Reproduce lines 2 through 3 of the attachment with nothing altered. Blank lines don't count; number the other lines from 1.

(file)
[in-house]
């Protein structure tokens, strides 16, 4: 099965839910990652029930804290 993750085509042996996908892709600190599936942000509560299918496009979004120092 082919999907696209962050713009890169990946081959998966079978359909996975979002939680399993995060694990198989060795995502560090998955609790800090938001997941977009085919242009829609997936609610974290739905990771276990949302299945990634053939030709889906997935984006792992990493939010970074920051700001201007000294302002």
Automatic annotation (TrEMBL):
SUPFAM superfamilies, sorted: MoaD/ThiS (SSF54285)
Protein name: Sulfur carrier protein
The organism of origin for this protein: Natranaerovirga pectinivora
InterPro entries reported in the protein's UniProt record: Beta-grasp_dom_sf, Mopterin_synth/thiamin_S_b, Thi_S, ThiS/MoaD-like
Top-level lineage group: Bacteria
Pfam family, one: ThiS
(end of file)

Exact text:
């Protein structure tokens, strides 16, 4: 099965839910990652029930804290 993750085509042996996908892709600190599936942000509560299918496009979004120092 082919999907696209962050713009890169990946081959998966079978359909996975979002939680399993995060694990198989060795995502560090998955609790800090938001997941977009085919242009829609997936609610974290739905990771276990949302299945990634053939030709889906997935984006792992990493939010970074920051700001201007000294302002």
Automatic annotation (TrEMBL):